You may be used to being able to breeze through your studies without having to put too much effort, revision or time into it but university is a big step up from anything you may have done before and it is not always easy to keep up. Essay writing is a lot more challenging and you have to learn the correct way of writing, formatting, editing and referencing. Lectures can have complicated concepts and can be very fast paced so you have to taper your learning style to get the most out of them. Your first year is your chance to learn how to perform at university level so expect to struggle at times and learn from your mistakes!

7) Don’t be afraid to ask for help if you’re struggling

Alongside the last point, don’t be afraid to ask for help when you are struggling with anything. Your tutors are there to help you so don’t feel intimidated by them or feel that they are unapproachable. Your personal tutor, mentor, as well as the other people on your course may also be able to help you out with the academic side of things. There is also help for health, mental health and emotional issues from many sources around campus and careers advisors for careers advice so ask if you need it!

8) Be prepared for early morning fire alarms (and for the culprit to have burned toast) as well as some noisy sleepless nights

Fire Drills and random rude awakenings become fairly common in your life at Halls. Fire alarms often strike in the early hours of the morning and you will have to drag yourself out of bed, wrap your dressing gown around you, stick your slippers on and march outside with the other zombie students only to be told that someone burnt their late night munchies or set their room on fire with unattended incense before rolling your eyes and crawling back into bed. Food theft is also a common occurrence as well as being woken up in the middle of the night by rowdy students coming in from a night out and messing around in the corridors.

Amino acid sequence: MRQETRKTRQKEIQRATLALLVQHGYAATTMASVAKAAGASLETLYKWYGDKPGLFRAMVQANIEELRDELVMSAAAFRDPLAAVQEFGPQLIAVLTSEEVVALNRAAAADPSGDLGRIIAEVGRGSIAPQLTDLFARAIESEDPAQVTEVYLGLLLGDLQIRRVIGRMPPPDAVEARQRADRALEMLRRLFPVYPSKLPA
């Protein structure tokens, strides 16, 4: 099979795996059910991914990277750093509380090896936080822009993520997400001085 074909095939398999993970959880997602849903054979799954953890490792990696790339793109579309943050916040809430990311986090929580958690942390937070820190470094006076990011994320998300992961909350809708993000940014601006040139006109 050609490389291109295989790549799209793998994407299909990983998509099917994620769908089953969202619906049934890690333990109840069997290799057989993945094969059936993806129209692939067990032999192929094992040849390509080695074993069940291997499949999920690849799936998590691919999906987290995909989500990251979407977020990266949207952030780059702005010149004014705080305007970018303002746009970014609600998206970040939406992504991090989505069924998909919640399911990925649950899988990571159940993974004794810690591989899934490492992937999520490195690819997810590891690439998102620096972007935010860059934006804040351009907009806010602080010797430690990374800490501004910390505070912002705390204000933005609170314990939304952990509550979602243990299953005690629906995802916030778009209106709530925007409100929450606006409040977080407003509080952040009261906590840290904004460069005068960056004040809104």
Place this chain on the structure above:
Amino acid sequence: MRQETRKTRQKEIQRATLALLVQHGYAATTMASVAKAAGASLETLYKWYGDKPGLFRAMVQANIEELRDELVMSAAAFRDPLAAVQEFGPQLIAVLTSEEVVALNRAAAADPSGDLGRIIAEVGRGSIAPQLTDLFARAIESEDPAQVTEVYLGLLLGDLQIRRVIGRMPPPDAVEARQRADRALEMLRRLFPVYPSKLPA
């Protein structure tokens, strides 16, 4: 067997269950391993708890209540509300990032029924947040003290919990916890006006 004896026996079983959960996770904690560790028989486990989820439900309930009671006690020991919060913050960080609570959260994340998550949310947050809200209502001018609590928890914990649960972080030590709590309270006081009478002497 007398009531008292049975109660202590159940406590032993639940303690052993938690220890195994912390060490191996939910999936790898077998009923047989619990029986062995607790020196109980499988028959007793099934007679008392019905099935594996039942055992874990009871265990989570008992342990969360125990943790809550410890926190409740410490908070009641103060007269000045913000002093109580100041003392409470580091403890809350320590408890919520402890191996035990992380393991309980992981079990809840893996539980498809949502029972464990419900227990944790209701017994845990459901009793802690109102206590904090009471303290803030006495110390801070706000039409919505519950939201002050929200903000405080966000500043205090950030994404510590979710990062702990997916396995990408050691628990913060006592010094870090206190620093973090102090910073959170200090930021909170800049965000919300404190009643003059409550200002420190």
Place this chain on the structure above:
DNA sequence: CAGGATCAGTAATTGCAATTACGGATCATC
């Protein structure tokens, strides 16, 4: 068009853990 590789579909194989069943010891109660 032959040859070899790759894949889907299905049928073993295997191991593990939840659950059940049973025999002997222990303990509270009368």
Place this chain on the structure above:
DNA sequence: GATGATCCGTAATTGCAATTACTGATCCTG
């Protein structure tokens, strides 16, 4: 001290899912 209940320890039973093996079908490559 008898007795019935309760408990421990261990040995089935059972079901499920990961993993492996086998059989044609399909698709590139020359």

9) Napping will become a part of your life

Although you probably haven’t gotten into the habit of taking naps since you were a toddler, napping becomes a necessity during your time at university despite doing less subjects and time in lessons than ever before. After an all nighter of reading or typing, a particularly boring lecture or a heavy tasty meal your nap time will arrive and you will find yourself either waking up fairly soon after feeling awake and revitalised or four hours later wondering what happened and feeling groggy for the rest of the day. Napping is a very dangerous sport!

10) First year doesn’t count, but try not to miss out on too much!

Your first year will be the most laid back time of your university life. It is when you will learn the most, hopefully learn from your mistakes, meet the most people, have the most opportunities available to you and it will be the time where you can get the most out of university in terms of studying and partying. Try not to miss too many lectures and seminars but equally, make the most of your time to go out and meet people, join a sports club, join societies, learn new skills and enjoy your new environment and freedom!

Thanks for reading!

Kristie